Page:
Washington’s Hypocrisy over Russian Arms in Syria

In-depth Report:

Western denunciations of Russia for sending back refurbished helicopters to Syria recall nothing so much as the old adage, “Do as I say, not as I do.”

Earlier this month, US Secretary of State Hillary Clinton launched a propaganda barrage aimed at intimidating Russia, claiming that Moscow was sending advanced Russian attack helicopters to Syria for use against the country’s civilian population. Breathlessly announcing that, according to “the latest information” available to the US government, the helicopters were on their way, Clinton condemned Moscow for behavior that “will escalate the conflict quite dramatically.”

State Department spokeswoman Victoria Nuland rhetorically demanded: “How can the Russians conscience [sic] their continued military sales to Syria?”

Washington’s ambassador to the United Nations, Susan Rice, while acknowledging that arms sales to Syria were not “technically obviously a violation of international law [sic]”—the United Nations has approved no arms embargo against the country—asserted that Russia’s actions were nonetheless “reprehensible.”

Washington was forced to back off at least partially from this line of attack when Russia explained that the only helicopters being sent to Syria were nine aircraft purchased from the former Soviet Union in the 1980s that had been sent back to Russia some time ago for repairs and were now being returned. The bulk of these helicopters are designed for transport, and reassembling them once they reach Syria will take months.

Clinton’s claim that the return of the aging helicopters was serving to “escalate the conflict quite dramatically” was quite simply a lie.

What has radically intensified the civil war in Syria is the massive flow of arms across the Turkish border to Syria’s so-called rebels, who are backed by Washington and its allies. A series of reports in the US press, citing high level American officials, have made it clear that CIA personnel are on the ground in Turkey—and almost certainly in Syria itself—directing this operation. Meanwhile, the Obama administration maintains the fiction that it is not sending arms into Syria based on the fact that the money for the weapons is being provided by its client states in the region, particularly Saudi Arabia and Qatar.

As for the charge of sending advanced helicopter gunships into the region to be used in a state crackdown against a popular revolt, Obama, Clinton and company have no need to look so far afield as Russia to find a culprit.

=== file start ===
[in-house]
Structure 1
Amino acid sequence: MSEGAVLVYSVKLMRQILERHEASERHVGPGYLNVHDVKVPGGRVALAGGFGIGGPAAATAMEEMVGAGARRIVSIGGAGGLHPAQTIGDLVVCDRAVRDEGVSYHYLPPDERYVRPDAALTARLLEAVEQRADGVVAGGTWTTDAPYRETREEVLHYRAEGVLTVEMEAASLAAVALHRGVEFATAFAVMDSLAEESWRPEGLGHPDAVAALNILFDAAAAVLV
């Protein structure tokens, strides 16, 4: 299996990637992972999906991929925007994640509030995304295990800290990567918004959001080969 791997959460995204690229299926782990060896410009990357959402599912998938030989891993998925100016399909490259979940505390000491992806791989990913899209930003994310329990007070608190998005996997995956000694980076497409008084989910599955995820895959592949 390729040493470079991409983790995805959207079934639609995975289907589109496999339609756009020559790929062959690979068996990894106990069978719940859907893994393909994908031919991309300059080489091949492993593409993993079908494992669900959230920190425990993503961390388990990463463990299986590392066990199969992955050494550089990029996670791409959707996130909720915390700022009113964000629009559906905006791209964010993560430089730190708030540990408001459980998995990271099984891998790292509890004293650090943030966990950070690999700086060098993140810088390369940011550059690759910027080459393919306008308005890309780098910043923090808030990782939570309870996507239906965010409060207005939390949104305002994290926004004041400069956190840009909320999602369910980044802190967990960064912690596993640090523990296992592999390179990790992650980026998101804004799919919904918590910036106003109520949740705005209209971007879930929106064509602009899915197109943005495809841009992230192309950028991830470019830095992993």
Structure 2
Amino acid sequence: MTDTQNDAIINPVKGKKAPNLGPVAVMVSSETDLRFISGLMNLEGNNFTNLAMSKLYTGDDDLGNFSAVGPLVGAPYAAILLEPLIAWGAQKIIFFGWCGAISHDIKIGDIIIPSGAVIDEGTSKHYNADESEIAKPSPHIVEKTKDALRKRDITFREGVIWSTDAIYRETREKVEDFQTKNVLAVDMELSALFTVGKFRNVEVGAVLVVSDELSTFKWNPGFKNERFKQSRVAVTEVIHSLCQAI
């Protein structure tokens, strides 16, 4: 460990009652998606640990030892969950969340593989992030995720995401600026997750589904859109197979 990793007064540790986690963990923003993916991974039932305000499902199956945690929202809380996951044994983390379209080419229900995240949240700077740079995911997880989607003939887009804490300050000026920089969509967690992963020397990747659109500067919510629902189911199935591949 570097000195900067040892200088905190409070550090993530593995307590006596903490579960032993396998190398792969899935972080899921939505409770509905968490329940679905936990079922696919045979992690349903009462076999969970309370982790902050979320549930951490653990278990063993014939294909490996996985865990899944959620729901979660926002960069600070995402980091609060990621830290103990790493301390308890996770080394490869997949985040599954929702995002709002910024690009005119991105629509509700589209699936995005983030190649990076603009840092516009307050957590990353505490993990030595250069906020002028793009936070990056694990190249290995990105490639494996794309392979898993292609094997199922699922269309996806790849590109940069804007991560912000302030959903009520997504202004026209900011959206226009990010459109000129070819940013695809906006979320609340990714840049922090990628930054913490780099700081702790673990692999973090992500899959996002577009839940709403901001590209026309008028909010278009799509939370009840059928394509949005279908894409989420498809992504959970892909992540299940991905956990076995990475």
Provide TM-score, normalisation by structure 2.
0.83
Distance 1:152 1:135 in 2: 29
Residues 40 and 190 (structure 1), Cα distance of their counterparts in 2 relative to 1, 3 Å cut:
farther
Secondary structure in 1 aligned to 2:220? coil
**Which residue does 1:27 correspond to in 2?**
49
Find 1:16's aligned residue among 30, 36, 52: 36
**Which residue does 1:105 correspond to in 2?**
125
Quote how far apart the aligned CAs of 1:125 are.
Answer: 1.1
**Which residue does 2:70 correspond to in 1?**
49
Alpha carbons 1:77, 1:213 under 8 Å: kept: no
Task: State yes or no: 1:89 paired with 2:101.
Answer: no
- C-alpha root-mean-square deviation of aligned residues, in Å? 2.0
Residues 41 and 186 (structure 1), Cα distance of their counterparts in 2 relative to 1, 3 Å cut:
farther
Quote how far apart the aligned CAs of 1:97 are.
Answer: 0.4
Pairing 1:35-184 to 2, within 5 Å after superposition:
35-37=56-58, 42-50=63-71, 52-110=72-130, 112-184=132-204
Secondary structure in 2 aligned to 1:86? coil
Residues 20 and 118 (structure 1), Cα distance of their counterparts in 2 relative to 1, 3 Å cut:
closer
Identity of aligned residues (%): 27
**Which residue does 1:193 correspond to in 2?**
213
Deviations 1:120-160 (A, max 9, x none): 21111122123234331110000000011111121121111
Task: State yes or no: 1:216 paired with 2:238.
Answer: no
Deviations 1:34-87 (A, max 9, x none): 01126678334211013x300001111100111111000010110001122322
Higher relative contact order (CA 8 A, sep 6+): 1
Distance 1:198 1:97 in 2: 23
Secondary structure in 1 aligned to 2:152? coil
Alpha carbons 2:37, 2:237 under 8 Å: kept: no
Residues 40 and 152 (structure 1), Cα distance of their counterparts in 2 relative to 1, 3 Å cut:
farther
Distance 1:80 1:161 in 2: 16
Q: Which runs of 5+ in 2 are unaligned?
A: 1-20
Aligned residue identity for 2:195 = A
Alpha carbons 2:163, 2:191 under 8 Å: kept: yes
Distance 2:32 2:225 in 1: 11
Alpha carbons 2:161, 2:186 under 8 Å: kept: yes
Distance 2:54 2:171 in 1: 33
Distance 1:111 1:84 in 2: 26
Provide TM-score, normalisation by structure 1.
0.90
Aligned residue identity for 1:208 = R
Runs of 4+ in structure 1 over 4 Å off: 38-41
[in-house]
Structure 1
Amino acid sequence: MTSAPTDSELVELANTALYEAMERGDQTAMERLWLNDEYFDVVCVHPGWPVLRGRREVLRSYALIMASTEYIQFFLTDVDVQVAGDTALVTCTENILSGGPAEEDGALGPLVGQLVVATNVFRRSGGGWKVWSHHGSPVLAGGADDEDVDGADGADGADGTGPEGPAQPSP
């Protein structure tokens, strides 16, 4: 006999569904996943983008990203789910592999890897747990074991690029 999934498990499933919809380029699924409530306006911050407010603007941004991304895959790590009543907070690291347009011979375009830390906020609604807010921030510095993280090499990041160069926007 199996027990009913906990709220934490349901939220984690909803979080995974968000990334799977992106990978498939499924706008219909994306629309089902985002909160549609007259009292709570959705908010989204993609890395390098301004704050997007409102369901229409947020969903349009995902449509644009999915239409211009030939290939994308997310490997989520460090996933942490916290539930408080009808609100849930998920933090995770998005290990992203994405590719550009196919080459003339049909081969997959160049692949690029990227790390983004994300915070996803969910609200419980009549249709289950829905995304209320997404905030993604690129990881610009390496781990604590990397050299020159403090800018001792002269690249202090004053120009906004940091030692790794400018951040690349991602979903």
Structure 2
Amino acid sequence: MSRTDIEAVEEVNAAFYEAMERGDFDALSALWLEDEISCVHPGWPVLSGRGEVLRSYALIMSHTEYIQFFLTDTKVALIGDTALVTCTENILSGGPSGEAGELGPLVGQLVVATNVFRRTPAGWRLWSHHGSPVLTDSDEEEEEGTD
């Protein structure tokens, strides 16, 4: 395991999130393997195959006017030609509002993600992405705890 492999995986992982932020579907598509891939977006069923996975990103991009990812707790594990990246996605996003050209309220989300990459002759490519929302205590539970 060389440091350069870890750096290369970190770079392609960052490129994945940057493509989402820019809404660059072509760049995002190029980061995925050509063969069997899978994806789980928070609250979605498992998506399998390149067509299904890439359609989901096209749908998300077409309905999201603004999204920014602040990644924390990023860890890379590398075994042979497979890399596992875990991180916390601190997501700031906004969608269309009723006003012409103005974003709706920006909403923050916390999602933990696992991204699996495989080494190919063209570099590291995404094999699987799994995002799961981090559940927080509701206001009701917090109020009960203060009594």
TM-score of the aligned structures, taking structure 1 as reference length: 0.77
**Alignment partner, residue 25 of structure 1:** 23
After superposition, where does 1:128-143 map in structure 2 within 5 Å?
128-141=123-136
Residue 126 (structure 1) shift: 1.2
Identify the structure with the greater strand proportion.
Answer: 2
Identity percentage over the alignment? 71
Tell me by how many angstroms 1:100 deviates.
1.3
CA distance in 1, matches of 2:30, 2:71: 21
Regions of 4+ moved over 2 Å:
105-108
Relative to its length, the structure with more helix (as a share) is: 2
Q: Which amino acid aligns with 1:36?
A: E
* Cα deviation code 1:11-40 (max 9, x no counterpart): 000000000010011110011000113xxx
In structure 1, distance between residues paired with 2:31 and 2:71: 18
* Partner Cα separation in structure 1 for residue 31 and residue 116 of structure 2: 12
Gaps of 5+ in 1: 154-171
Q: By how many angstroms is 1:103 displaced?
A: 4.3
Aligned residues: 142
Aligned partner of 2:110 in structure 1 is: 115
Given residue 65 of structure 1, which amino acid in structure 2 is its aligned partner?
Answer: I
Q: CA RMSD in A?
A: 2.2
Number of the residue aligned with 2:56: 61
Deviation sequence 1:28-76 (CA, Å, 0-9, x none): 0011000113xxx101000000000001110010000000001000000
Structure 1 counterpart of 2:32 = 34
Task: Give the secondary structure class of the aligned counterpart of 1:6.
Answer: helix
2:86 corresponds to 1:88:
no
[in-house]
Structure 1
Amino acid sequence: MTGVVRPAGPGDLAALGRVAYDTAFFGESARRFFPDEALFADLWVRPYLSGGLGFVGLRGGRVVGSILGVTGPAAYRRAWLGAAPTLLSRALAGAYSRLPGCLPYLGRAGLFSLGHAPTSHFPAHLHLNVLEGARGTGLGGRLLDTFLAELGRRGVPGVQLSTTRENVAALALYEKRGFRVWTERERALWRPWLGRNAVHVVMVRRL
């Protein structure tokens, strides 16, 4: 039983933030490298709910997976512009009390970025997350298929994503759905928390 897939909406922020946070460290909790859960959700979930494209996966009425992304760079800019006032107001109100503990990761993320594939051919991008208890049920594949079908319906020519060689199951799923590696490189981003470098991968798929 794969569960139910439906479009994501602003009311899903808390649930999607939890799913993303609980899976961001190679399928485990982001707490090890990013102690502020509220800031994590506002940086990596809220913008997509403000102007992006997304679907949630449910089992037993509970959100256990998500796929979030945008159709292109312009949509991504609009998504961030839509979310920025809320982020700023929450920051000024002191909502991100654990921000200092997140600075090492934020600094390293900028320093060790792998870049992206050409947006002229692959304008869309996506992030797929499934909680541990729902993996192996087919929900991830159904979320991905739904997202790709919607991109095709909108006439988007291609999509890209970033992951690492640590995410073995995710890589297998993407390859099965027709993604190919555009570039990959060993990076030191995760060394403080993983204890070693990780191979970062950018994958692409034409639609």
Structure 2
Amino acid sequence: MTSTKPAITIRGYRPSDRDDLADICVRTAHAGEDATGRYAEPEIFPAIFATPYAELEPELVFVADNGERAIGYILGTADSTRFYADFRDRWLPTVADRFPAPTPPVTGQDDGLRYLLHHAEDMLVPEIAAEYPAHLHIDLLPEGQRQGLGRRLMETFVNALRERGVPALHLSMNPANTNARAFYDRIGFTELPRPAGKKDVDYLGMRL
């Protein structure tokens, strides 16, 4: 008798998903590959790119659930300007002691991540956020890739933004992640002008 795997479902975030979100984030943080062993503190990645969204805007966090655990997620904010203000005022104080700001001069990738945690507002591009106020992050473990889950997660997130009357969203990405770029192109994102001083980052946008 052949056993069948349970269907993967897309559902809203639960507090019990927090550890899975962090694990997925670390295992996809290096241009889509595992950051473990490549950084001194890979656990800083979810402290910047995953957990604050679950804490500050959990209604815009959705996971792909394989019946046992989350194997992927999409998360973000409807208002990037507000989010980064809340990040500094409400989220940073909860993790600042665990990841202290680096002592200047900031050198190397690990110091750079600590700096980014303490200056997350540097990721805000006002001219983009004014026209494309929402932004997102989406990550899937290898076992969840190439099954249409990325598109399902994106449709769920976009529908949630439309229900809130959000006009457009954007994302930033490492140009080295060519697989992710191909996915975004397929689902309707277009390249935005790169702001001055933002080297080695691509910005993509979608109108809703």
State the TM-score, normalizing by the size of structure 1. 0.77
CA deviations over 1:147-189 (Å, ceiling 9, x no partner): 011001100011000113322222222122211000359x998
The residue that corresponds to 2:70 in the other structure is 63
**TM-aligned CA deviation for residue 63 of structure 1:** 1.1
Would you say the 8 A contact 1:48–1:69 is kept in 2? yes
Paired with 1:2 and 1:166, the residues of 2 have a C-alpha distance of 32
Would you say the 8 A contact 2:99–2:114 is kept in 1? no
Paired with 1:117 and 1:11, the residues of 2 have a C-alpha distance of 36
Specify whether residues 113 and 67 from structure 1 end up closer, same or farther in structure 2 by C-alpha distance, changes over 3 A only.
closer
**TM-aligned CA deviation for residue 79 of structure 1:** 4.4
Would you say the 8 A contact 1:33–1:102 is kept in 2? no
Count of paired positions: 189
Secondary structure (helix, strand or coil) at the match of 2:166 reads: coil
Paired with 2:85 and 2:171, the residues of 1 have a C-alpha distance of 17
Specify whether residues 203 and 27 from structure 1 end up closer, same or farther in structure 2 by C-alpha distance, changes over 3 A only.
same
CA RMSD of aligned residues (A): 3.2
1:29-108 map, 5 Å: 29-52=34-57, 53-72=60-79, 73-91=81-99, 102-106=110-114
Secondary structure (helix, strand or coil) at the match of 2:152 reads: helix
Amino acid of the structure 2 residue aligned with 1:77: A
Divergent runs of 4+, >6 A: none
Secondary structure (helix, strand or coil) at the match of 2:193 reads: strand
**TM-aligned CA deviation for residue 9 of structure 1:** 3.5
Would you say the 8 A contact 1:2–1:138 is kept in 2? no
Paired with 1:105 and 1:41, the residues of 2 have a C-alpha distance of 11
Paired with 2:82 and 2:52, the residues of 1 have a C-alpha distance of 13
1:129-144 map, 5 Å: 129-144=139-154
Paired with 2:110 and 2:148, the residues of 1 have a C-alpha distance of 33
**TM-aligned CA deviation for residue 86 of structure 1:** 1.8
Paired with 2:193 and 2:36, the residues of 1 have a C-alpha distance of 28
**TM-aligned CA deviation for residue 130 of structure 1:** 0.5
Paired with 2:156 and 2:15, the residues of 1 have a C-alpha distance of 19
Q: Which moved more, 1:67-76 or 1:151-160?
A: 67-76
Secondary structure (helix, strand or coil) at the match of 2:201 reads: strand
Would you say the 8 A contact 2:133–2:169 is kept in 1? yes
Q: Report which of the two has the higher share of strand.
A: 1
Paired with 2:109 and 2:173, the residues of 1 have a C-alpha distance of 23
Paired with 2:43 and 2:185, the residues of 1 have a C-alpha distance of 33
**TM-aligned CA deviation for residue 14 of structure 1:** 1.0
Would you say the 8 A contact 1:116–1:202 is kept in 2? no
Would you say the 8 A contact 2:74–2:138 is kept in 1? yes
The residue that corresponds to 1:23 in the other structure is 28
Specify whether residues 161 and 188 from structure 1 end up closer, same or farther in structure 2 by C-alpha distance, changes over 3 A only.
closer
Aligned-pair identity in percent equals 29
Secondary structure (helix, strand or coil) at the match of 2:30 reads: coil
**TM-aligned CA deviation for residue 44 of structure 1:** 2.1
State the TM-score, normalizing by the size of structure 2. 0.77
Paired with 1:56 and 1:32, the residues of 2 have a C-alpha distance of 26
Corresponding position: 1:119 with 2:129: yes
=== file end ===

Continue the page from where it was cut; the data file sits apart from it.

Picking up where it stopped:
On Wednesday, the Turkish military announced that it had sent US-supplied warplanes and attack helicopters into Iraq to strike purported camps of the Kurdish nationalist group, the PKK (Kurdistan Workers’ Party). It was only the latest in a series of bloody cross-border raids. What was the response of the State Department’s human rights brigade? Silence and approval.

Washington has provided unconditional support to the Turkish government in its anti-Kurdish operations in a conflict that has claimed some 40,000 lives over the past 28 years. It has branded the PKK, which has a mass base of support among an oppressed and largely impoverished Kurdish population, a “foreign terrorist organization,” thereby giving a green light for the murder of its members and supporters.

While the US government brands Kurds taking up arms against the Turkish government as “terrorists,” it provides covert support for the PJAK, a similar armed Kurdish group operating against Iran. At the same time, CIA operatives are working energetically to convince the Kurds in Syria to take up arms against the Assad government.

Such machinations have a long and tragic history, in which the US, the former dictatorship of the Shah in Iran and Israel have sought to manipulate the Kurdish question to further counterrevolutionary aims in the region. Which armed Kurdish groups Washington condemns as terrorists and which ones it embraces as “freedom fighters” is entirely dependent upon US imperialist interests.

Last December, the Turkish military’s campaign against the Kurdish rebels produced a brutal massacre when an F-16, produced by the US arms manufacturer Lockheed-Martin, guided by a US-supplied surveillance drone, carried out an air strike on the Turkish-Iraqi border. The target, described as “suspected militants,” turned out to be a large group of Kurdish youth bringing cheap fuel across from Iraq.